Good news is that there is an entire field studying this – human irrationality and how to incentivise humans – very phenomenon, including Nobel laureates Daniel Kahneman and Amos Tversky and former Clinton advisor Cass Sunstein, who discovered that changing the default setting from “opt-in” to “opt-out” on things such as organ donation on a driver’s license and 401k contributions at work could dramatically improve uptake. This seemingly little change tapped on our Default Bias, enabling individuals to adjust their contribution levels (to retirement), but even the flummoxed novice who did nothing is at least socking some money away for retirement and taking advantage of company matching payments.

It turns out that we have a huge number of cognitive biases and knowing these and knowing how to go around these or nudge or incentivise us to act in desired ways is the key to understanding and predicting human behaviour accurately. One of most commonly-observed cognitive biases is loss aversion. Loss aversion derives from our innate motive to prefer avoiding losses rather than achieving similar gains. Kahneman and Tversy conducted an experiment asking people if they would accept a bet based on the flip of a coin. If the coin came up tails the person would lose $100, and if it came up heads, they would win $200. The results of the experiment showed that on average people needed to gain about twice (1.5x – 2.5x) as much as they were willing to lose in order to proceed forward with the bet (meaning the potential gain must have been at least twice as much as the potential loss). However, from traditional economic theory perspective, one’s risk appetite to losing or gaining $100 is the same.

The most tangible of incentives on blockchain platforms are digital tokens. Tokens usually represent currency, digital asset or some form of value in given blockchain system. Getting incentives right is fundamental to network growth, reflected in increased token adoption that yields positive network effects. Once this flywheel gets started, it serves as the ongoing funding mechanism for future development. Without it, the network cannot achieve self-sustainability. The value of the community and the token is what incentivises new members to join initially. If that value is off, new people don’t join and a death spiral begins. Once members are in, there needs to be a sustainable and growing value in the system to keep them using the tokens, participating in the community and helping the system grow. While token was the allure, the incentive system needs to account for conflicting interests of different types of users, system changes and perceived value and expectations from the system and, most importantly, it cannot necessarily based on the value of token itself. There are a few systems that help evaluate blockchain projects, including T3CG framework which is pretty solid.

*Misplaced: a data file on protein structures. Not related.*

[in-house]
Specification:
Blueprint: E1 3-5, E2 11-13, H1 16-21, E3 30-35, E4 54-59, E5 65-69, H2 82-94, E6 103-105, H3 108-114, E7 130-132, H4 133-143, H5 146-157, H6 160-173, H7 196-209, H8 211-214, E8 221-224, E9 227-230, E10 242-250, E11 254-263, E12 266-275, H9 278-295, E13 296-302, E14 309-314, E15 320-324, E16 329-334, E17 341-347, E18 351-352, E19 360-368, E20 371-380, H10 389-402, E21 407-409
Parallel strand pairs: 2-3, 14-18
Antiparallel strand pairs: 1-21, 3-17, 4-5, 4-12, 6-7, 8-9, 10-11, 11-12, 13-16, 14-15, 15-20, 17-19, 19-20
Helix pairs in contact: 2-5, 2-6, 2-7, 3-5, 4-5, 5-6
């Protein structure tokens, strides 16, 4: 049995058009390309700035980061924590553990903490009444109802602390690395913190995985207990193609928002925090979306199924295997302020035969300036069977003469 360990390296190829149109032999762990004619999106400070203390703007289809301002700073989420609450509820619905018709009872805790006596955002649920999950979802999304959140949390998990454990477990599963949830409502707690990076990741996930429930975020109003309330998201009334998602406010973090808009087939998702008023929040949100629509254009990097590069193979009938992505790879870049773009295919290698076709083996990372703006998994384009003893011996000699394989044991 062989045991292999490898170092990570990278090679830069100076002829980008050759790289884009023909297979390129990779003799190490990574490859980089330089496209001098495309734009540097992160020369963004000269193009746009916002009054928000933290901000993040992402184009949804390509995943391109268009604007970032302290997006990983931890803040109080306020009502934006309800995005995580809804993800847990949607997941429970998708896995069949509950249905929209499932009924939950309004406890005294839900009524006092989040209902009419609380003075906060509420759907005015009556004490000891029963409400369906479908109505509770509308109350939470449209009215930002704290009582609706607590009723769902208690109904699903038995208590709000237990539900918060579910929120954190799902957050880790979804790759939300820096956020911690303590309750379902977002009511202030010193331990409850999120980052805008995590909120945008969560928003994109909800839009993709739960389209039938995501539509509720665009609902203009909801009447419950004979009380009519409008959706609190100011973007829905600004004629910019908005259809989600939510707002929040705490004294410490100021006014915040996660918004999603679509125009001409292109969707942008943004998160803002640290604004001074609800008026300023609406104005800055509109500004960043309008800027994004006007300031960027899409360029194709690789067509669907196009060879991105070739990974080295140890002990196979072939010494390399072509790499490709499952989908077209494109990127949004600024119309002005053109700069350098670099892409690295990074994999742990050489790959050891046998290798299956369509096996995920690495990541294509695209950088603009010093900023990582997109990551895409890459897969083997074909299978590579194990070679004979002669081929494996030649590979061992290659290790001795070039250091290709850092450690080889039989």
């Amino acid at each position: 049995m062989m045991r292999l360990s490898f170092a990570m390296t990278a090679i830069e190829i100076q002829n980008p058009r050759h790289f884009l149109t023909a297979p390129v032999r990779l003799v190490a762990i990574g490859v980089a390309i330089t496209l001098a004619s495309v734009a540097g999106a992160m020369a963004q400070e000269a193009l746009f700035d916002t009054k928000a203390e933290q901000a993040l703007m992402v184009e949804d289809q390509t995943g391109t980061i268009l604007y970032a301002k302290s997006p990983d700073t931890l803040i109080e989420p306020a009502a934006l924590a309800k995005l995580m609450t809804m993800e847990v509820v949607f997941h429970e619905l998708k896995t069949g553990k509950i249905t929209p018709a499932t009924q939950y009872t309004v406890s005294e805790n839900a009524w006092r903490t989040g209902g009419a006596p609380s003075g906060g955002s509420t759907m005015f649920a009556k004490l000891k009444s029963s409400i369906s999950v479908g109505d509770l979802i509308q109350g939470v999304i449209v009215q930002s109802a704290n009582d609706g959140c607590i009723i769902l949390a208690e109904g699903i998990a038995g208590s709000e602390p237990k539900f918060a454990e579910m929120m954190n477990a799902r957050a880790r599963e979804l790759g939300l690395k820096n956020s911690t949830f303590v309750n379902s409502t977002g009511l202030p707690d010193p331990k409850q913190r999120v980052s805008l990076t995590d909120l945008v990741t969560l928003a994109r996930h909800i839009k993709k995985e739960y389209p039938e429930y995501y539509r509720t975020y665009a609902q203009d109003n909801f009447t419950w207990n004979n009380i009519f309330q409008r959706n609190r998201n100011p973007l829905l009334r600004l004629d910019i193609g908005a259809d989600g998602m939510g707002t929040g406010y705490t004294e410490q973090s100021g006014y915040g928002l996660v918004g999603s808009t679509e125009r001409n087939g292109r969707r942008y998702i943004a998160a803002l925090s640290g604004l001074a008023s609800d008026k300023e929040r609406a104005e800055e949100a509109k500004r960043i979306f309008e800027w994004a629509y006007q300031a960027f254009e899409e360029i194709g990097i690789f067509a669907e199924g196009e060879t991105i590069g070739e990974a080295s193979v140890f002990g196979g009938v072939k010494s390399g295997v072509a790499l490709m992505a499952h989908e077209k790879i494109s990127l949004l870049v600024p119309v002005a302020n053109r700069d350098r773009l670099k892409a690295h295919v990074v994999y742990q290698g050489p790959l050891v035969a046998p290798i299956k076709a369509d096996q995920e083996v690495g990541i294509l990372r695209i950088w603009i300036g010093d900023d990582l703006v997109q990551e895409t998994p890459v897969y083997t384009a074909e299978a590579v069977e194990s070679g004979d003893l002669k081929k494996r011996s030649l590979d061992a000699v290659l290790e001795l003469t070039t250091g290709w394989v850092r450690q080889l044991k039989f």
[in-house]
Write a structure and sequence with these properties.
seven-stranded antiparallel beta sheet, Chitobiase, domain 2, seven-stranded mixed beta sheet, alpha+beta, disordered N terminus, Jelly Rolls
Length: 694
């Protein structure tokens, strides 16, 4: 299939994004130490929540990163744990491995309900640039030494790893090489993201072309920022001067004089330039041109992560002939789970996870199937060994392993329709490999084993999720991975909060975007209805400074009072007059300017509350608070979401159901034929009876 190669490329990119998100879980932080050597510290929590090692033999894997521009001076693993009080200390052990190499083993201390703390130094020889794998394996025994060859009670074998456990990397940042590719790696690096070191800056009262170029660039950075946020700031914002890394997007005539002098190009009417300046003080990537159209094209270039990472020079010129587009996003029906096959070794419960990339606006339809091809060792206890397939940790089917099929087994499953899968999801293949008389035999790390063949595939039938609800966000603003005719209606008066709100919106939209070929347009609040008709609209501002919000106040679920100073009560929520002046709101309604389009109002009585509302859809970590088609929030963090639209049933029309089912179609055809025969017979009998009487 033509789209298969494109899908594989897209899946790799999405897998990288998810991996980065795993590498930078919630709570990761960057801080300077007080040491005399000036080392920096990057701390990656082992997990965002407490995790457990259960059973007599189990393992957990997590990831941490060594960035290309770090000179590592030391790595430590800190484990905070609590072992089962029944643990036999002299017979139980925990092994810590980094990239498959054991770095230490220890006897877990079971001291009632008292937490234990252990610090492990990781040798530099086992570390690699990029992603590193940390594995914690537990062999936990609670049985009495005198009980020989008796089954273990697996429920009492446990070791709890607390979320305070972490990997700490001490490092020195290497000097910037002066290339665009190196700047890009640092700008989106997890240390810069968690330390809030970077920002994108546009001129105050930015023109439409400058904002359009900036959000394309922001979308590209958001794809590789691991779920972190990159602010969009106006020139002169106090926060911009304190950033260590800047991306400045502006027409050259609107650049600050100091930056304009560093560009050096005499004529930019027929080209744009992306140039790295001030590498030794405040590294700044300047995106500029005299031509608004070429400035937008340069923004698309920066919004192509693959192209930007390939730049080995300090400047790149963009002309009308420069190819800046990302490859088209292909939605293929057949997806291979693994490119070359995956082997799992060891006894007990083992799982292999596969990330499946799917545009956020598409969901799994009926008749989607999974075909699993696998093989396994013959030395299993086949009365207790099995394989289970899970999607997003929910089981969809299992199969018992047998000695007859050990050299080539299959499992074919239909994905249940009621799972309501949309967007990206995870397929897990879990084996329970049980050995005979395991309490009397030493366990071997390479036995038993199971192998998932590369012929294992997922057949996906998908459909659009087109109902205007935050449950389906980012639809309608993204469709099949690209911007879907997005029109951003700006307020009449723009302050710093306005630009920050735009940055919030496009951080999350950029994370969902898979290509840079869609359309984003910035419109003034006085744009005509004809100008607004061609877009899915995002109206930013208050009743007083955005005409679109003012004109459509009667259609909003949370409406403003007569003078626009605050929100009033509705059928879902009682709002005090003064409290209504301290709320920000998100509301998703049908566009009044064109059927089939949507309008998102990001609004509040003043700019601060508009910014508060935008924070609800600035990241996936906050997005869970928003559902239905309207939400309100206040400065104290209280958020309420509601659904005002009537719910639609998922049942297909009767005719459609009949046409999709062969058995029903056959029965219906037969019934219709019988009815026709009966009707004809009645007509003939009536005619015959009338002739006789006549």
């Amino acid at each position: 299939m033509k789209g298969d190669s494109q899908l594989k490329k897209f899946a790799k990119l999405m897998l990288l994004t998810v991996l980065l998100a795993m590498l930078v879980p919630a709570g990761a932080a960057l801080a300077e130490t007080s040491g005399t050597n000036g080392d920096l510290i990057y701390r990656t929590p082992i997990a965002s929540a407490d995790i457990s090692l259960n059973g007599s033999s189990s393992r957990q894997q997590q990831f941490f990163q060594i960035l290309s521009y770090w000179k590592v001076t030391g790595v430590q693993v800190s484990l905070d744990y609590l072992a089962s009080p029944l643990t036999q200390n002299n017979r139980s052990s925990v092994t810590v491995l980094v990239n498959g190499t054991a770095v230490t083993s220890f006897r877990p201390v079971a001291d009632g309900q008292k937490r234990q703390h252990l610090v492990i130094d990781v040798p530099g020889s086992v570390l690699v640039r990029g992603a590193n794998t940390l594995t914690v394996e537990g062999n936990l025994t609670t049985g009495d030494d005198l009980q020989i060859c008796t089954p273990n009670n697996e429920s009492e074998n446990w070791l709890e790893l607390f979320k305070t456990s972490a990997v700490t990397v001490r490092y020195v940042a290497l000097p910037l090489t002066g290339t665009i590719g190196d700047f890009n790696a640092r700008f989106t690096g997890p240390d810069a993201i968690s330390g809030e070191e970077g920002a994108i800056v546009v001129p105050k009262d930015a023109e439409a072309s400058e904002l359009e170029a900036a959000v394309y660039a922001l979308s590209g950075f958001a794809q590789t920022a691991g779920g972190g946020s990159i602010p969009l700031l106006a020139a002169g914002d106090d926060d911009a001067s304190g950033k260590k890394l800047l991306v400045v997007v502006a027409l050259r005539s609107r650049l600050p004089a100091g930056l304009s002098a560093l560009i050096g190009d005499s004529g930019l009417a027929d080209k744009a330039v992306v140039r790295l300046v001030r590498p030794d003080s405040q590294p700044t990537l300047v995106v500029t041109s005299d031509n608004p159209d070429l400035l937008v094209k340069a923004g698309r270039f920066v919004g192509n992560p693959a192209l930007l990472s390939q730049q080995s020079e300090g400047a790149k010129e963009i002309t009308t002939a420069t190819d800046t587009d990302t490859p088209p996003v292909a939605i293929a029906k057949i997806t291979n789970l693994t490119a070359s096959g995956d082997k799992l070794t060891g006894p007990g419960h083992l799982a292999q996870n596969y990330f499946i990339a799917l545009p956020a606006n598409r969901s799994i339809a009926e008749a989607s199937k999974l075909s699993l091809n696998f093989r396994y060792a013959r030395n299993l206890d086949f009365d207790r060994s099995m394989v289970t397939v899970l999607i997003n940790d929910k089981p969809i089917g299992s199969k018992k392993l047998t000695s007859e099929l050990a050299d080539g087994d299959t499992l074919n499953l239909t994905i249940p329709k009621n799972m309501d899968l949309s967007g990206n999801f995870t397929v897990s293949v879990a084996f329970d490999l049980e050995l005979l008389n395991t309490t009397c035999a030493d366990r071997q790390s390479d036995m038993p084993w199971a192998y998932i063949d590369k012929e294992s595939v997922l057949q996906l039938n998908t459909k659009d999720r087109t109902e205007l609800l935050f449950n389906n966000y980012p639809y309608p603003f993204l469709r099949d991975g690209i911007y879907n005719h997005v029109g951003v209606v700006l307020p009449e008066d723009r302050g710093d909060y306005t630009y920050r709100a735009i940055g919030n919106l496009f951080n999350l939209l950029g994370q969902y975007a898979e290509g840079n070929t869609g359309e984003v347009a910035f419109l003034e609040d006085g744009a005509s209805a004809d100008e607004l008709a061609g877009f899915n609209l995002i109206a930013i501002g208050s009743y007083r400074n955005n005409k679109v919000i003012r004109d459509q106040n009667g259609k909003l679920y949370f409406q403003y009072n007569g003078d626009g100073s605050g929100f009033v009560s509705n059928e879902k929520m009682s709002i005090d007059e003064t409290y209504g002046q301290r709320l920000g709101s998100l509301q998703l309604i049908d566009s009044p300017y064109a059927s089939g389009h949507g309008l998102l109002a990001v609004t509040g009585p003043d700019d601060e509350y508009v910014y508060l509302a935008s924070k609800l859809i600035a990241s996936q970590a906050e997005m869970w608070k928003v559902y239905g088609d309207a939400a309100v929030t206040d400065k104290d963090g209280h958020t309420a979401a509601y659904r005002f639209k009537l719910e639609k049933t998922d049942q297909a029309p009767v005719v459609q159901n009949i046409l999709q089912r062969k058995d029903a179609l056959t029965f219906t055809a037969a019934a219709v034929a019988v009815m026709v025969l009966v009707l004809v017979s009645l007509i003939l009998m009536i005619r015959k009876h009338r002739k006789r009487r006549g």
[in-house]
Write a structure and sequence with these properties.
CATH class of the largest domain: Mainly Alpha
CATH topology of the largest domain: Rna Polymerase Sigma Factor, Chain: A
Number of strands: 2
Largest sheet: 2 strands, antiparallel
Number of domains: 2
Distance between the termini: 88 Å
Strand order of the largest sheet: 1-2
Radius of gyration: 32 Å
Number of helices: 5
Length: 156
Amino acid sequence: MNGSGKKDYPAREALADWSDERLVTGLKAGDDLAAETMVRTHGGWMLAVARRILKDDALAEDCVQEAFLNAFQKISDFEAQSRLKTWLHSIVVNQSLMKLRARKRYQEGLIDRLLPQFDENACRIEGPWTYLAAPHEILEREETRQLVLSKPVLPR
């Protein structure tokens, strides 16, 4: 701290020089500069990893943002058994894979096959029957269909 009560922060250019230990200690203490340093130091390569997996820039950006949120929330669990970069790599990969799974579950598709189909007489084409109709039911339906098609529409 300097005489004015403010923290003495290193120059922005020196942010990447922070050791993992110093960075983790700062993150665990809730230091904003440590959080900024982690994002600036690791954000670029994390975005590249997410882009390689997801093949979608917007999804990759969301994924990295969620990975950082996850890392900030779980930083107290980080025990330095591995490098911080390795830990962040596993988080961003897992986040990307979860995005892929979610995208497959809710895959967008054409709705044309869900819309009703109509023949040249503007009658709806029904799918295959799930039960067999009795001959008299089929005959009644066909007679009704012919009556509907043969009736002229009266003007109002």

Cryptoeconomics is hard as it requires expertise and mastery of mechanism design, contract theory, game theory, behavioral economics, public policy, macro-economics, and a solid understanding of decentralized technology in order to the design robust, sustainable and valuable blockchain economies. Hence is boils down to designing  incentive systems based on known biases – default bias, endowment effectbandwagon effect, etc –  and other factors, including cultural values, public policies, system-specific goals.

I am very excited by potential of blockchain systems but also humbled by the realization that we have just scratched the surface on how to build optimal blockchain systems.

Musings on Marx, capitalism, austerity and future

All that is solid melts into air, all that is holy is profaned.

This is Marx quoting in The Communist Manifesto. It seems to describe well what is happening now in the world.

Occupy Wall Street is the visible symptom of societal sickness induced by “bad” capitalism. It highlights the fact that more and more people are starting to think Karl Marx was right about unregulated/loosely regulated markets. An image below does a pretty good notional mapping.

Marx welcomed capitalism’s self-destruction. He was confident that a popular revolution – a grassroots revolution of proletariat spreading from city to city – would occur and bring about a communist system, an egalitarian and fair system where everyone will have his/her chance to be heard, get an employment and lead a happy life.